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God Says "NO"

“No sex before marriage,” my mother says sharply, looking fifteen-year-old me up and down. I open my mouth to protest. To ask why. But I stop myself short knowing I won’t get a satisfying answer.

I blame my mum a lot for my late blooming. My childhood was weird: conservative and liberal at the same time. Unlike most Asian households, I was allowed to pick my hobbies, spend my free time picking flowers and digging up worms, and academics were hardly a concern. However, at the same time, our household was very Catholic. Every Sunday, there was always a new list of dos and don’ts. Don’t swear. Say your prayers every night. Don’t ask why, just do it because God says so!

I never got a full explanation about the purpose of my period until I learned about it at school. Anything about changing bodies or sexuality or even love was tucked away, and my brother and I were shushed if we even made a squeak about these forbidden subjects.

I didn’t go on my first date until the age of 22. I didn’t know if we should have hugged, or shaken hands… or kissed? I didn’t even know how to talk about why we had come to eat sushi together after matching on a dating app. Was this friendship? Was this a date? That same night, I really wanted to call my mum and ask her: What does love feel like?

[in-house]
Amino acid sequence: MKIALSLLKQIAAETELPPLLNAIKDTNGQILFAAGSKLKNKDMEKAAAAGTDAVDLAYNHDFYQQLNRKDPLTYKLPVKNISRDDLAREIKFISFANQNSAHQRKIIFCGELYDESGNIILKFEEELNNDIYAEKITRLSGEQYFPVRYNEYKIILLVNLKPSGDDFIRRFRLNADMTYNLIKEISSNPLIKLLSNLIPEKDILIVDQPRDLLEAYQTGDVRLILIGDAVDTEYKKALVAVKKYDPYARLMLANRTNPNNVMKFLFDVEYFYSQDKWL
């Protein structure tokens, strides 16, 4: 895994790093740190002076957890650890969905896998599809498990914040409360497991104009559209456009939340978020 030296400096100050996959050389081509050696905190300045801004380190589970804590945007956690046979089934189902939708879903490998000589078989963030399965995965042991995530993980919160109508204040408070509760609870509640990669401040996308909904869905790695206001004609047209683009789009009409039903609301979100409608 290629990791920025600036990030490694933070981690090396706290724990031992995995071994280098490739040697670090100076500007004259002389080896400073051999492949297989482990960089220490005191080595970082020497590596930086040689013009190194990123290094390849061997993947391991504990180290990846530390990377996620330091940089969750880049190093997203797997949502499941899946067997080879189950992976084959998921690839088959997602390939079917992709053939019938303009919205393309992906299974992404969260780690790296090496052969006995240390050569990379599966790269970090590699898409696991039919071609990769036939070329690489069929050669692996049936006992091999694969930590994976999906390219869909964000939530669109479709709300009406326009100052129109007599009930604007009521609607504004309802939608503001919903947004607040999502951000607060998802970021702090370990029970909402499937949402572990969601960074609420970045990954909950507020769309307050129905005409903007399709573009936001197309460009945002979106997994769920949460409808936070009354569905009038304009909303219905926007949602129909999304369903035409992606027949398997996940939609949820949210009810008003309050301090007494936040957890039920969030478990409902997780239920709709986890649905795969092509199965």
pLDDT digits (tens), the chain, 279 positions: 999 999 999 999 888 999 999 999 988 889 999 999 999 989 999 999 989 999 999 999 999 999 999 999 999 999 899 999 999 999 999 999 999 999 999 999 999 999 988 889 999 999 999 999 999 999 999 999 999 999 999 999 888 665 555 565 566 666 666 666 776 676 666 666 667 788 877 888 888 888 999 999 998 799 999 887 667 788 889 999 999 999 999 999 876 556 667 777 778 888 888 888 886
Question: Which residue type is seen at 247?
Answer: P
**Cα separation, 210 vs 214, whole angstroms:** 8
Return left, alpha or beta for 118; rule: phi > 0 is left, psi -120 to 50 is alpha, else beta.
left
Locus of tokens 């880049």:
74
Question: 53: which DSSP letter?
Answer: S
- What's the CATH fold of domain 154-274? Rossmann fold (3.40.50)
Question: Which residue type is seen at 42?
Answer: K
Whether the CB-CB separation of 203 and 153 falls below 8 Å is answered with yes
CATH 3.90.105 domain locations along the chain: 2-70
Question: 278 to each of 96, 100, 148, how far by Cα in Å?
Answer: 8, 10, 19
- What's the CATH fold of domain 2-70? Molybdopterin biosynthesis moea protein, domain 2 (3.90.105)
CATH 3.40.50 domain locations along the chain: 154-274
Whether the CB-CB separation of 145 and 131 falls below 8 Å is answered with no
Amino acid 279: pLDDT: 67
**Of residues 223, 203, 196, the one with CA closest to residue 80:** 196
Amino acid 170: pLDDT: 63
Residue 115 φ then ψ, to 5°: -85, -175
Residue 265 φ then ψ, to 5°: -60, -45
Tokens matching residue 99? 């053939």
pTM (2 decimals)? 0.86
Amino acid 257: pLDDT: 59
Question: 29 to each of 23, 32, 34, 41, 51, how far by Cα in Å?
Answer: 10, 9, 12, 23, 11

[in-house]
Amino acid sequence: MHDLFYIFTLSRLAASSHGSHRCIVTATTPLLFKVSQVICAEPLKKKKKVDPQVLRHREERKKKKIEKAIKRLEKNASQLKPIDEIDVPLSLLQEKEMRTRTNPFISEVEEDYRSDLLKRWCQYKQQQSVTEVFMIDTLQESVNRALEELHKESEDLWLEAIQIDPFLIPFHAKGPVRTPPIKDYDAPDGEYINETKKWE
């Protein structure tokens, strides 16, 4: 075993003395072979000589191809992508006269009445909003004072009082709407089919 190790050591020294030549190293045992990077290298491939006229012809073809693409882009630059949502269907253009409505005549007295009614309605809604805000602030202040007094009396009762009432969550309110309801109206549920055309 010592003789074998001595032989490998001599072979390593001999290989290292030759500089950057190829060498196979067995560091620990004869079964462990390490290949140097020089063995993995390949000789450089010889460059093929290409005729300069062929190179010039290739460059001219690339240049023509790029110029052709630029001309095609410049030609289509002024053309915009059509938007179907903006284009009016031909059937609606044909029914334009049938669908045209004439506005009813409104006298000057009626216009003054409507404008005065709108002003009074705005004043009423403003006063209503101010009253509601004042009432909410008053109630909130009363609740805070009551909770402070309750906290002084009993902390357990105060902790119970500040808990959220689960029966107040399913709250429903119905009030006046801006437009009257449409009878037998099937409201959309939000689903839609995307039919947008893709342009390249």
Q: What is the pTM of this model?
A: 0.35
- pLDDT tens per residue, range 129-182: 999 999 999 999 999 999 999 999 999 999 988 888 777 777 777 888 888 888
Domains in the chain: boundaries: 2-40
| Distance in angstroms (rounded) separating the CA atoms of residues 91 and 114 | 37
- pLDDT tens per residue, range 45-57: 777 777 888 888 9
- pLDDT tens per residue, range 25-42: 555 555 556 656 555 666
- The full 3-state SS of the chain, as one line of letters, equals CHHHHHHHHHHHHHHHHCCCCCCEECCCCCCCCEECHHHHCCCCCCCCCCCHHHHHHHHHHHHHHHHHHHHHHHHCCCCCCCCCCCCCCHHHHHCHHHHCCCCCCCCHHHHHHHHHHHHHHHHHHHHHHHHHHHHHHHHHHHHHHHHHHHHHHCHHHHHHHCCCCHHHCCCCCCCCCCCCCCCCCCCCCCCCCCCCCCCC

But, of course, there was an extra barrier.

Being queer and Asian has many challenges. Talking to your family about what it means to love another woman is awkward. Trying to discuss any LGBTQ+ issues – exhausting. Somehow the religious discrimination bill is my fault. When I first came out to my mum, her biggest concern was my sex life. I was instructed not to have sex until I got married. The issue: I came out before marriage equality was a thing. It was one big, fat catch-22. I spent many restless nights convincing myself that my sexuality was not only about ‘sex’. It took a big move across the country away from my family and many new connections later to help me learn that being queer was also about community, friendship, and love.

As a child, I thought that love was sinful and dirty. According to Catholicism, love was this thing that you didn’t get to experience until you got married. But love isn’t and shouldn’t be sexualised. Love is caring so much about a person, you walk them home late at night even though you have work in the morning. Love is creating so many memories that you can think back on and smile to yourself about. Love is accepting a person no matter who they are.

My mum has gotten better in recent years. I’ve been talking to her about the news and how we should be treating people with compassion, not judgement. She’s been coming ‘round to the idea that the world is changing rapidly, and quite frankly, we have bigger problems to worry about than who we love, how we dress, and pre-marital sex.

I’ve also learned some things. I’ve come to realise that everyone’s opinion is valid and that education is the key to change. It’s easy to just tell someone that their opinion is wrong and leave it at that, but everyone with an opinion has a justification for it. By finding that justification, it is much easier to discuss issues openly. Even today, I still find talking about sex awkward with my mum. But now, I’m glad that the discussion no longer ends short at “no sex before marriage”.


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